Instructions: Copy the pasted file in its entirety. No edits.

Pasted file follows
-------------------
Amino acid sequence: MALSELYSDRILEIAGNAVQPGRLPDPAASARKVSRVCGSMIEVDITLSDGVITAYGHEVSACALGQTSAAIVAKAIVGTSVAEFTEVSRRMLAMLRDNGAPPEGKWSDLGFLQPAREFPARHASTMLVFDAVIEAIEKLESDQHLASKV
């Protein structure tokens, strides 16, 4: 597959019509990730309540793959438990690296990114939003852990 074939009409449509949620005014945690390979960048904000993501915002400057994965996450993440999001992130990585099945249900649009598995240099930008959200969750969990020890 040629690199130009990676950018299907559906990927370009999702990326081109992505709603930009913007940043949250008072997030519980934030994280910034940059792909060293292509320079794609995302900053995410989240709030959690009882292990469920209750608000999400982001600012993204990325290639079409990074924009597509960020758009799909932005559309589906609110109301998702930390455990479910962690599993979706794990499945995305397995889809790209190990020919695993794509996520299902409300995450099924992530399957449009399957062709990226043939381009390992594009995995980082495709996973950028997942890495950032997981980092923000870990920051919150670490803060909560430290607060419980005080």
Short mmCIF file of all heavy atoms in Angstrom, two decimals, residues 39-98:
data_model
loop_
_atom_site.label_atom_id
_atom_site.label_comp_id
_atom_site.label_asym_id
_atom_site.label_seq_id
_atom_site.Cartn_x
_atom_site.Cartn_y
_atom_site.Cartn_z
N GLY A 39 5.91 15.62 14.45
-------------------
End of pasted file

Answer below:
Amino acid sequence: MALSELYSDRILEIAGNAVQPGRLPDPAASARKVSRVCGSMIEVDITLSDGVITAYGHEVSACALGQTSAAIVAKAIVGTSVAEFTEVSRRMLAMLRDNGAPPEGKWSDLGFLQPAREFPARHASTMLVFDAVIEAIEKLESDQHLASKV
């Protein structure tokens, strides 16, 4: 597959019509990730309540793959438990690296990114939003852990 074939009409449509949620005014945690390979960048904000993501915002400057994965996450993440999001992130990585099945249900649009598995240099930008959200969750969990020890 040629690199130009990676950018299907559906990927370009999702990326081109992505709603930009913007940043949250008072997030519980934030994280910034940059792909060293292509320079794609995302900053995410989240709030959690009882292990469920209750608000999400982001600012993204990325290639079409990074924009597509960020758009799909932005559309589906609110109301998702930390455990479910962690599993979706794990499945995305397995889809790209190990020919695993794509996520299902409300995450099924992530399957449009399957062709990226043939381009390992594009995995980082495709996973950028997942890495950032997981980092923000870990920051919150670490803060909560430290607060419980005080």
Short mmCIF file of all heavy atoms in Angstrom, two decimals, residues 39-98:
data_model
loop_
_atom_site.label_atom_id
_atom_site.label_comp_id
_atom_site.label_asym_id
_atom_site.label_seq_id
_atom_site.Cartn_x
_atom_site.Cartn_y
_atom_site.Cartn_z
N GLY A 39 5.91 15.62 14.45